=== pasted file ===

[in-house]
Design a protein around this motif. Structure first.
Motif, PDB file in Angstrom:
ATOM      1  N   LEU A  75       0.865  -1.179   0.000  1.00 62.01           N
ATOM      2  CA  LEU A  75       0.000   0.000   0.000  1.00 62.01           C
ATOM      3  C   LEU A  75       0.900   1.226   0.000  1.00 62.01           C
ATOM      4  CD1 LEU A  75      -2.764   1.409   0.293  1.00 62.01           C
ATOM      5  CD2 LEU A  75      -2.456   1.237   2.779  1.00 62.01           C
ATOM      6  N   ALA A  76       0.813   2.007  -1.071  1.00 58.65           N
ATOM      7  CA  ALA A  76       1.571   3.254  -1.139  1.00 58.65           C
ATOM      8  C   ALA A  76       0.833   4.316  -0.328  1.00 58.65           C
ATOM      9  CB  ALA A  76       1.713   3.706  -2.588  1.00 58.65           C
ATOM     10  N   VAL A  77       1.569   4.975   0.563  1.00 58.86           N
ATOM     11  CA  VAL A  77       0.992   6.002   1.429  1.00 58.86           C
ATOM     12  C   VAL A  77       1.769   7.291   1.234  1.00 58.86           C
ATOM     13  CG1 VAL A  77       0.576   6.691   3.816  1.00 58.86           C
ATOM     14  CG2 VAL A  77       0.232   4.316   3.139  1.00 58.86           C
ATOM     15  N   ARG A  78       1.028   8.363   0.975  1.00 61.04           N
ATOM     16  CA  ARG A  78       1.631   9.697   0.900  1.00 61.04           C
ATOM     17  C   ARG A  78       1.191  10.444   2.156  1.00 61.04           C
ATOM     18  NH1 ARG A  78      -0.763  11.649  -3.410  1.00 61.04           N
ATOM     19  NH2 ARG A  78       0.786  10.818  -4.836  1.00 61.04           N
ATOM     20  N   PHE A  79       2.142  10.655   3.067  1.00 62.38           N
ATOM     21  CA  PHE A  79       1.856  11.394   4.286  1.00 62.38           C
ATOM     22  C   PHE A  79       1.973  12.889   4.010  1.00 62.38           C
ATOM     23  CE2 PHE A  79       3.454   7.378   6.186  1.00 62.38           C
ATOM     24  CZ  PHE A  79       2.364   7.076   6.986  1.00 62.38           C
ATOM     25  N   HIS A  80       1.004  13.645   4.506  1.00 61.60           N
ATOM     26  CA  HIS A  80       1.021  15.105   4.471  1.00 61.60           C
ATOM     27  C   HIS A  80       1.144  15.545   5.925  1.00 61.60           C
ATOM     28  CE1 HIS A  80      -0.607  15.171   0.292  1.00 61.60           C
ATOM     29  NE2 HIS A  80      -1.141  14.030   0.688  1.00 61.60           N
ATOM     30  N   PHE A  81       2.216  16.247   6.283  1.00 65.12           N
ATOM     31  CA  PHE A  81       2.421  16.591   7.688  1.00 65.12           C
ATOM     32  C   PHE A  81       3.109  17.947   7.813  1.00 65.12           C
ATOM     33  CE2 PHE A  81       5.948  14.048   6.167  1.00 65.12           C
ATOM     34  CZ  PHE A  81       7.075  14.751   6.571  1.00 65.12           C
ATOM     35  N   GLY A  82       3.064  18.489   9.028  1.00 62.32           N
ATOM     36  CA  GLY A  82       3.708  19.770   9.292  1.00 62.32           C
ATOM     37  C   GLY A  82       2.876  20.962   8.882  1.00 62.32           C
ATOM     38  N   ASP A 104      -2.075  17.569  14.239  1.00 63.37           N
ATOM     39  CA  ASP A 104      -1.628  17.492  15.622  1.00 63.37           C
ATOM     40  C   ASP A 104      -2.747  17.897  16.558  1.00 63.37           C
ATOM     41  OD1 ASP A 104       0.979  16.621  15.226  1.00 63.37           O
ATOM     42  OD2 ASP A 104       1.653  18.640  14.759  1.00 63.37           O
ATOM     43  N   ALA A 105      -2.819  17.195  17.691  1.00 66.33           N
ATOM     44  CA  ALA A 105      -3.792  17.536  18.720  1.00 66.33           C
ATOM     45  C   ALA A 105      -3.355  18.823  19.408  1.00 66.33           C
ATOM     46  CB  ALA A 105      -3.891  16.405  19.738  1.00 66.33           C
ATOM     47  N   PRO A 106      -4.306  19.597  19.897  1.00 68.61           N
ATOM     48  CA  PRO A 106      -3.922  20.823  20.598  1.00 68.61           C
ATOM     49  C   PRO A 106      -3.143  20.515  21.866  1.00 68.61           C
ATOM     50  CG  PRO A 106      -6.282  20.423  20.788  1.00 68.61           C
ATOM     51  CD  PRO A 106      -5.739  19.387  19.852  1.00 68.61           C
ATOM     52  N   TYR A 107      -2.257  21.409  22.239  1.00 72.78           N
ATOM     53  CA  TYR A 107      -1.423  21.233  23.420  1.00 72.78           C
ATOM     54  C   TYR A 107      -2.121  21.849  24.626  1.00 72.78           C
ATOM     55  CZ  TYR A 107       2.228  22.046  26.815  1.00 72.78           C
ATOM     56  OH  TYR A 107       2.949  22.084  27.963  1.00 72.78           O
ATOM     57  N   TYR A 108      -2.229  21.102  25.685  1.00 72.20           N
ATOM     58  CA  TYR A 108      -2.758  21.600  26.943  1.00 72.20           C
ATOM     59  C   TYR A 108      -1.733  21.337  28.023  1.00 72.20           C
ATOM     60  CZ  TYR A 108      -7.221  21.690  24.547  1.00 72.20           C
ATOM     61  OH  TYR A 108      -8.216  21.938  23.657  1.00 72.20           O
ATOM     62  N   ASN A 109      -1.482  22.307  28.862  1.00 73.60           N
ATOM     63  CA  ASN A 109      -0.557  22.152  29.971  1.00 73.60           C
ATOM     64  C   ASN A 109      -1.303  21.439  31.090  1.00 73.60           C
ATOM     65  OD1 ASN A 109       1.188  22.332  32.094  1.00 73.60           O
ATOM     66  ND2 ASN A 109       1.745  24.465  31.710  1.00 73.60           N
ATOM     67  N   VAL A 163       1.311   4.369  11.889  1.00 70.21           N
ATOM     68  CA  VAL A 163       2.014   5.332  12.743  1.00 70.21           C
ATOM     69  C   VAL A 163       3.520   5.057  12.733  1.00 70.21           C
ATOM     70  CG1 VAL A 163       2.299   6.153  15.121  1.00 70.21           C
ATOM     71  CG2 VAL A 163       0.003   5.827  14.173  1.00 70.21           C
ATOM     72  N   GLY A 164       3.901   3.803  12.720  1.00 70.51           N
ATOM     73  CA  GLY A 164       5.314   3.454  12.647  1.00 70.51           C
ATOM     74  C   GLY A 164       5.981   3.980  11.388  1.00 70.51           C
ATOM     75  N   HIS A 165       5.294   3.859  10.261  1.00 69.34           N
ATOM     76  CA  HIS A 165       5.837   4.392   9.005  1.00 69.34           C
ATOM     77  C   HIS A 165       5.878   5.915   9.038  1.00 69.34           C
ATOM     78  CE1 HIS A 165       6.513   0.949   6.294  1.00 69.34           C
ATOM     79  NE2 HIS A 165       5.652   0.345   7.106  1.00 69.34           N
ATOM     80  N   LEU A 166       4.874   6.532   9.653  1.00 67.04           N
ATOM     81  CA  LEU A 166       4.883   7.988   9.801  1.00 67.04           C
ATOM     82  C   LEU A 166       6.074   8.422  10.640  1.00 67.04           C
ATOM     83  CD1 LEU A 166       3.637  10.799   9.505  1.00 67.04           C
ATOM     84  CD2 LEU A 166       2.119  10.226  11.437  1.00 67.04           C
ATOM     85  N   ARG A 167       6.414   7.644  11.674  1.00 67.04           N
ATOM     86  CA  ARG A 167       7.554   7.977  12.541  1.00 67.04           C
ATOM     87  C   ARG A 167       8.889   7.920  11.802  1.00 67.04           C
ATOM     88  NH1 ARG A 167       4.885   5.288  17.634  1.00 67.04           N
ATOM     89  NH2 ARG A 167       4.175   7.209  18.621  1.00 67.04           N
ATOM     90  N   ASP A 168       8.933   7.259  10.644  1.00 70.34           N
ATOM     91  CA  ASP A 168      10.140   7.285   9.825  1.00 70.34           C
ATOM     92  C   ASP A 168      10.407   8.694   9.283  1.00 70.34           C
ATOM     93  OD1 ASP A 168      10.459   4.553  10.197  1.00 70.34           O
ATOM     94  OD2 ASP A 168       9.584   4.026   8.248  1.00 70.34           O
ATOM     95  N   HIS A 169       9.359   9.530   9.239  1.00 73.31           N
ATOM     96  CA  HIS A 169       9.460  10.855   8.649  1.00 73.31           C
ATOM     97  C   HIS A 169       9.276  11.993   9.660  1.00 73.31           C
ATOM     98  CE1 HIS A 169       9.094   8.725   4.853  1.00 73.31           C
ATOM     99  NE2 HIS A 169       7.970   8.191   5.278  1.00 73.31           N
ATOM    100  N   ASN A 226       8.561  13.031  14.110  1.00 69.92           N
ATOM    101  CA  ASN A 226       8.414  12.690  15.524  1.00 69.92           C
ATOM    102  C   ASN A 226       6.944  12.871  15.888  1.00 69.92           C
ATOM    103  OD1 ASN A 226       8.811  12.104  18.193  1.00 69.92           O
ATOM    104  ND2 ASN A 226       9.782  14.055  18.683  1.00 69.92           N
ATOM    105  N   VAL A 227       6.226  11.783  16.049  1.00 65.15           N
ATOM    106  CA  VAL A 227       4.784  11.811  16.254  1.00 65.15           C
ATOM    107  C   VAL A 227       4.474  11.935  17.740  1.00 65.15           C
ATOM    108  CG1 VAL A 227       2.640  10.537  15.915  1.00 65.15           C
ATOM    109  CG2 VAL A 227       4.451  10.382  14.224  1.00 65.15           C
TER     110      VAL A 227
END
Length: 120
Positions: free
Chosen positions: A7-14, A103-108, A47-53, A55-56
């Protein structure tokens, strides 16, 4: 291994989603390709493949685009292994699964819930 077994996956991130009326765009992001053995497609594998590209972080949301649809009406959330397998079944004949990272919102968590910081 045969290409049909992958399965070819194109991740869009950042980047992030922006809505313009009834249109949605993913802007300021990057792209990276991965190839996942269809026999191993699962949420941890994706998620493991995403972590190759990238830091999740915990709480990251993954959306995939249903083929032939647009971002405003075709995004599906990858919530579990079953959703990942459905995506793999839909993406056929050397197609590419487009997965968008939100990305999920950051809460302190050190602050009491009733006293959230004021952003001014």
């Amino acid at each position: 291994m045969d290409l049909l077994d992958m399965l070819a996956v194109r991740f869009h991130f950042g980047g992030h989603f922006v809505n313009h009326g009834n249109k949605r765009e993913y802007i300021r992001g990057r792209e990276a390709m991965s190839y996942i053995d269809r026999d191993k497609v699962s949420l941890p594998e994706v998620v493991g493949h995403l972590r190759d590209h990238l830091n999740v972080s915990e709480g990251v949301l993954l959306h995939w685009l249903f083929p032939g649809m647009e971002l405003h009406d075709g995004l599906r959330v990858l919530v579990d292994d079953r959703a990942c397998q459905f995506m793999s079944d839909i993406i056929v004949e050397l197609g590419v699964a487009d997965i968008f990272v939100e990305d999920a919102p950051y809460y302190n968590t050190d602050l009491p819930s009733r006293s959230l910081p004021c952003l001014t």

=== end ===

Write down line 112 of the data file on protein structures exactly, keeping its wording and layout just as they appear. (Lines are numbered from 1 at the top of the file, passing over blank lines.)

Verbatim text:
ATOM    109  CG2 VAL A 227       4.451  10.382  14.224  1.00 65.15           C